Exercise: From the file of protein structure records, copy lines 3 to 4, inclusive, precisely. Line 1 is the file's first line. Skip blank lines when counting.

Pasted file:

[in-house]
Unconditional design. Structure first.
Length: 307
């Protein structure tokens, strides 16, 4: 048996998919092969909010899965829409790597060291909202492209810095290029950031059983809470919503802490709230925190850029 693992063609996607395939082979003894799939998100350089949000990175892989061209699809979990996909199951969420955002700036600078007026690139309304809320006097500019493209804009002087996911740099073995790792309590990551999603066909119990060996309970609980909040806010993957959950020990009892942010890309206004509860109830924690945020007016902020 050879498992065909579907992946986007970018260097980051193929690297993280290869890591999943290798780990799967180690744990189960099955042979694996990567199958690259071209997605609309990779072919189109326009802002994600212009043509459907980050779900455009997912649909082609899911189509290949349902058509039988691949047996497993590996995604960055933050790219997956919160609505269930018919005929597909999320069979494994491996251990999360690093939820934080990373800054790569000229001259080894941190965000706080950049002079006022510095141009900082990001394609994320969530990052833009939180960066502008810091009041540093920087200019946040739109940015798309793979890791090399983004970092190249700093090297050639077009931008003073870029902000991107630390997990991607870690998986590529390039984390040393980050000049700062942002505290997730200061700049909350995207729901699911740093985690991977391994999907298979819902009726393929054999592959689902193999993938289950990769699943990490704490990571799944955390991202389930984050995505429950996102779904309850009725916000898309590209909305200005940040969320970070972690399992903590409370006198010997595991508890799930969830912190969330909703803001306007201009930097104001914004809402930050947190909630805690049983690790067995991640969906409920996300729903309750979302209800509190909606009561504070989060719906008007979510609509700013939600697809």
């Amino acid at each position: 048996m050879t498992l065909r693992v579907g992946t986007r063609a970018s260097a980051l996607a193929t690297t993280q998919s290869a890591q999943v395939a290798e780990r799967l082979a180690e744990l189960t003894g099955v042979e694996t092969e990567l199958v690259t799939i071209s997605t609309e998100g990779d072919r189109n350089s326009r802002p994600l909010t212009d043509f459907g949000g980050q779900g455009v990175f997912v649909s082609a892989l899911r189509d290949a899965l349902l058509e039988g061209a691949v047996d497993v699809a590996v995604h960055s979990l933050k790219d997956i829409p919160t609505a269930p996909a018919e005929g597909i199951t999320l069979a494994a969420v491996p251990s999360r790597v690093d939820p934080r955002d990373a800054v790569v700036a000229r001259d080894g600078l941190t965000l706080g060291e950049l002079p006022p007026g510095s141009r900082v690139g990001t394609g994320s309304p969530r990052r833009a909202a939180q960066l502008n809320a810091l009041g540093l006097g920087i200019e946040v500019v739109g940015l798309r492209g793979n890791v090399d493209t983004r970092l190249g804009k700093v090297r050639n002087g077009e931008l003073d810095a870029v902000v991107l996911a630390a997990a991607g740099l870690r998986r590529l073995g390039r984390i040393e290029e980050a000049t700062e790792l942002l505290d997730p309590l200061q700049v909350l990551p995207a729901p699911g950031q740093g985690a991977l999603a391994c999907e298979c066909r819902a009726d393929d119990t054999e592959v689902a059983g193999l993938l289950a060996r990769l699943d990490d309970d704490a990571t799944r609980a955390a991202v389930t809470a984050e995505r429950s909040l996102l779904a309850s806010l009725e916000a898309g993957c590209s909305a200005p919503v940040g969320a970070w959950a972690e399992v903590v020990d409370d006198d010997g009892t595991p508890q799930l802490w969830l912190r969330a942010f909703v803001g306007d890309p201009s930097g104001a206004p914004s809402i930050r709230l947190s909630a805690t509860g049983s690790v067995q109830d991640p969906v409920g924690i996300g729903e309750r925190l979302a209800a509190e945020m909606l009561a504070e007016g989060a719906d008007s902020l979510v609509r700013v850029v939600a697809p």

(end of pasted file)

Length: 307
């Protein structure tokens, strides 16, 4: 048996998919092969909010899965829409790597060291909202492209810095290029950031059983809470919503802490709230925190850029 693992063609996607395939082979003894799939998100350089949000990175892989061209699809979990996909199951969420955002700036600078007026690139309304809320006097500019493209804009002087996911740099073995790792309590990551999603066909119990060996309970609980909040806010993957959950020990009892942010890309206004509860109830924690945020007016902020 050879498992065909579907992946986007970018260097980051193929690297993280290869890591999943290798780990799967180690744990189960099955042979694996990567199958690259071209997605609309990779072919189109326009802002994600212009043509459907980050779900455009997912649909082609899911189509290949349902058509039988691949047996497993590996995604960055933050790219997956919160609505269930018919005929597909999320069979494994491996251990999360690093939820934080990373800054790569000229001259080894941190965000706080950049002079006022510095141009900082990001394609994320969530990052833009939180960066502008810091009041540093920087200019946040739109940015798309793979890791090399983004970092190249700093090297050639077009931008003073870029902000991107630390997990991607870690998986590529390039984390040393980050000049700062942002505290997730200061700049909350995207729901699911740093985690991977391994999907298979819902009726393929054999592959689902193999993938289950990769699943990490704490990571799944955390991202389930984050995505429950996102779904309850009725916000898309590209909305200005940040969320970070972690399992903590409370006198010997595991508890799930969830912190969330909703803001306007201009930097104001914004809402930050947190909630805690049983690790067995991640969906409920996300729903309750979302209800509190909606009561504070989060719906008007979510609509700013939600697809």